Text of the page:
Directed by: #MohamondShoolizadeh
There is an applaudable amount of effort that goes into creating any independent feature length film on a low budget, especially when the man directing has to additionally manage the roles of screenplay writer, producer, colourist, set production and costume designer, sound designer, and editor. However, the serious topics this film deals with could have been better handled with a larger productions team and bigger budget.
Indie film Susan attempts to explore the life of a grieving woman as she loses both her husband and her daughter, the only family members she had. The use of a handheld camera and long close up shots of Susan’s face as she experiences overwhelming emotion do allow the audience to experience the unease and discomfort that comes with watching someone suffer first-hand. It feels very personal: we intrude on Susan’s most intimate moments, staring lifelessly out the window or weeping alone in a hollow cathedral. However, the film does not create the right atmosphere for the audience to engage with the dramatic displays of emotion.
Frank Capra, the American-Italian director, was known to have said: “I made mistakes in drama. I thought drama was when actors cried. But drama is when the audience cries.” In this film it could be difficult for the audience to be able to feel very connected to the emotions of the main character when viewing such an overwhelmingly intense performance of her grief. This is also undercut by flashback sequences which come across as contrived. The dialogue in them is repetitive, and the acting is exaggerated until moments that are meant to be tender instead feel slightly comedic. The extravagant opera style music in the background only adds to the sense of insincerity.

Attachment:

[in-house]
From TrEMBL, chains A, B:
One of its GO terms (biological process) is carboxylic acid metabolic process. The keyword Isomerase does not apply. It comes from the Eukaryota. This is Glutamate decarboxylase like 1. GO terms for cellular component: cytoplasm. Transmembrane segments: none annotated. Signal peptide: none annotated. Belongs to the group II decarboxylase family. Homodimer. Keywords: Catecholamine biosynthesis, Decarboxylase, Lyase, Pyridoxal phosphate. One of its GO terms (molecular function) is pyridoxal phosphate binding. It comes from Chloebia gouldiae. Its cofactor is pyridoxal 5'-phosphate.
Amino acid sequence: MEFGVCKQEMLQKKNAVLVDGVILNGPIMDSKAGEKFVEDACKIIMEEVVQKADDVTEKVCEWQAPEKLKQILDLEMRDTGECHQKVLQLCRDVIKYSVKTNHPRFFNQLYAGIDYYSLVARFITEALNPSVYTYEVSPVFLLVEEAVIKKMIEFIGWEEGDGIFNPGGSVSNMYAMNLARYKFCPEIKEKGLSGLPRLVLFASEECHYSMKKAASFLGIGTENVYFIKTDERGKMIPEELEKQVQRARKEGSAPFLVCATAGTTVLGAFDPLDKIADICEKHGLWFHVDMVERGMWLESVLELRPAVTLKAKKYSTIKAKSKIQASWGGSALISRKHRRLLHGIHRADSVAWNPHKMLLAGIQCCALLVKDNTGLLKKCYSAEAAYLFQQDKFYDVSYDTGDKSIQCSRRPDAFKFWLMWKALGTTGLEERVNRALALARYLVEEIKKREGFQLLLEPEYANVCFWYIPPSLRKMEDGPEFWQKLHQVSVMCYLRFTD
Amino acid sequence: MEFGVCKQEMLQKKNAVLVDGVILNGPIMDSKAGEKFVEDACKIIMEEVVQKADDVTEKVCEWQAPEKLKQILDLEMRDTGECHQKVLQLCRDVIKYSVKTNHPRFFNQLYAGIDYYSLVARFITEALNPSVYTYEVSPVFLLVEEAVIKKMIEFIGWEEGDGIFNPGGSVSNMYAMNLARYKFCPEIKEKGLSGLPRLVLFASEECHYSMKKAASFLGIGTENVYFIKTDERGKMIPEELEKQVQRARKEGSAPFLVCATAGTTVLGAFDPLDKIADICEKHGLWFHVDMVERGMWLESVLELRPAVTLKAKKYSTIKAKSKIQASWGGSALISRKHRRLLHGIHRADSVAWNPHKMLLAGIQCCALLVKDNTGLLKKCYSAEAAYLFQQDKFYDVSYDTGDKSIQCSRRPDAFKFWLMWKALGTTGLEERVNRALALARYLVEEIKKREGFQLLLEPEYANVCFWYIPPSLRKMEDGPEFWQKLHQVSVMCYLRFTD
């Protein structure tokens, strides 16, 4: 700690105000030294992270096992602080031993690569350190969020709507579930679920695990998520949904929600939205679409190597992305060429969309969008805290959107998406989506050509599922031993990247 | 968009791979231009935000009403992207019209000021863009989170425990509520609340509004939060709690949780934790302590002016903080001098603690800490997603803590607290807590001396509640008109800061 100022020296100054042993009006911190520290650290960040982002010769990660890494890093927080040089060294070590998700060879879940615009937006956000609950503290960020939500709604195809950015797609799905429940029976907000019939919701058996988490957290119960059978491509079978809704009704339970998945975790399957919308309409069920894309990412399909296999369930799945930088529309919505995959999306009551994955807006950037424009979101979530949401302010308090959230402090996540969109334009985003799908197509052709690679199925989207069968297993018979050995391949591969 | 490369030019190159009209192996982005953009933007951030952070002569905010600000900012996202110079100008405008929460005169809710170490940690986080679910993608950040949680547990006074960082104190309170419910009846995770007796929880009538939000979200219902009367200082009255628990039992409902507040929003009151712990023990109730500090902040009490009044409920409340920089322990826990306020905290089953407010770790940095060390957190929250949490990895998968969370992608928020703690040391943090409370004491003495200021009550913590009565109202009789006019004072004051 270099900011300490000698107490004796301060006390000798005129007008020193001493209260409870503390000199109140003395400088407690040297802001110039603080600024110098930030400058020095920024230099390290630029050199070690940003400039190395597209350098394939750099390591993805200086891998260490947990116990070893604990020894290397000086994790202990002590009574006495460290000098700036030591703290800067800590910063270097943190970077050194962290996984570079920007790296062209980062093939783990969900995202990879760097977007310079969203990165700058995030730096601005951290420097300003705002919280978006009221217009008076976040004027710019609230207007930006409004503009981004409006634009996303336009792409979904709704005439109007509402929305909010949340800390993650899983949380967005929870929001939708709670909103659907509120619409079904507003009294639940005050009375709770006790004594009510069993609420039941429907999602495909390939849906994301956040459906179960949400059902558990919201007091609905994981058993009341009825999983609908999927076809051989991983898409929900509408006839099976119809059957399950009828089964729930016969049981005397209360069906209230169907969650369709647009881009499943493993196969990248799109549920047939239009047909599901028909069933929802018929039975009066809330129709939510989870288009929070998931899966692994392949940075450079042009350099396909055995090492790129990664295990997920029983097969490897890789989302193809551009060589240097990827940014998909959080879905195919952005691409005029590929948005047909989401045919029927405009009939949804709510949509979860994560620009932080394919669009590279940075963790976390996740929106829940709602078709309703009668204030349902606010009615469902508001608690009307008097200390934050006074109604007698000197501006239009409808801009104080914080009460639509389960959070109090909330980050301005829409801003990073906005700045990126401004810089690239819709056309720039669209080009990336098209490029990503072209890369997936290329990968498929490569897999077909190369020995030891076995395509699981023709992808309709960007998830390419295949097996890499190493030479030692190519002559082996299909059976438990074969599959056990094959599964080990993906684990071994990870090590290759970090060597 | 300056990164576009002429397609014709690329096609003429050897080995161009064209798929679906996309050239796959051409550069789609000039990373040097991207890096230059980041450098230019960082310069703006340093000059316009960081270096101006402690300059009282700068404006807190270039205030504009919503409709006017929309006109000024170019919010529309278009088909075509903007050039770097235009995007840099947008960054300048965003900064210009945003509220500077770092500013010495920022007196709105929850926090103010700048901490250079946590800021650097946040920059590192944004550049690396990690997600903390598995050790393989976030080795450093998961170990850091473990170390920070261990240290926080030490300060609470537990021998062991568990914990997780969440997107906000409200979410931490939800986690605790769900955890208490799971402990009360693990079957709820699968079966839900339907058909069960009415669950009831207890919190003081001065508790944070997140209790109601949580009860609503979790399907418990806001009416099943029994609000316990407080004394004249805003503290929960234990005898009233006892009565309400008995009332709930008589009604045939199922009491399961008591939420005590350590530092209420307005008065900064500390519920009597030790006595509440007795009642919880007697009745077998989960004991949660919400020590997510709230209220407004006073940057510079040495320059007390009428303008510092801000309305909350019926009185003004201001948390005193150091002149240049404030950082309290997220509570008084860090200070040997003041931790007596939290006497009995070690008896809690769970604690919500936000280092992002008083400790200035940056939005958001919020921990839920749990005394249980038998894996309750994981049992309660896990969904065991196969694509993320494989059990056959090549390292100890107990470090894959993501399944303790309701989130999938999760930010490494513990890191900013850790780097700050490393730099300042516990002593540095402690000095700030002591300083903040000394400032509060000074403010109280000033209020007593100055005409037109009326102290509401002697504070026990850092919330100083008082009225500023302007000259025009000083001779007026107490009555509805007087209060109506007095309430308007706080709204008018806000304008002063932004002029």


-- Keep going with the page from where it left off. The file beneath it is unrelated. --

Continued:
The mise-en-scène in the house is carefully constructed and has an clean layout, and some of the shots of Susan silhouetted against the magenta night sky and sparkling London are breathtaking. Trees are used as frequent recurring imagery, possibly to symbolise emotional or spiritual growth, and add a nice touch to the film. However, both the genre and the pacing of this film make it difficult to immerse yourself in it.
It is unclear what issue the director is trying to tackle: is it a mental health film about the way soldiers experience #PTSD, a tragedy about loss, meant to raise awareness about how homeless people end up in their situation, or a religious psychodrama? The film’s plot twists verge on unbelievable and there are too many cycles of climax and resolution. It feels like it could have easily ended in four different places, but it carries on, not always for the better. Attempting to deal with so many serious topics means the film is unable to do any of them justice, and perhaps it would have been a better debut if the director had worked within his means and stuck to one central theme.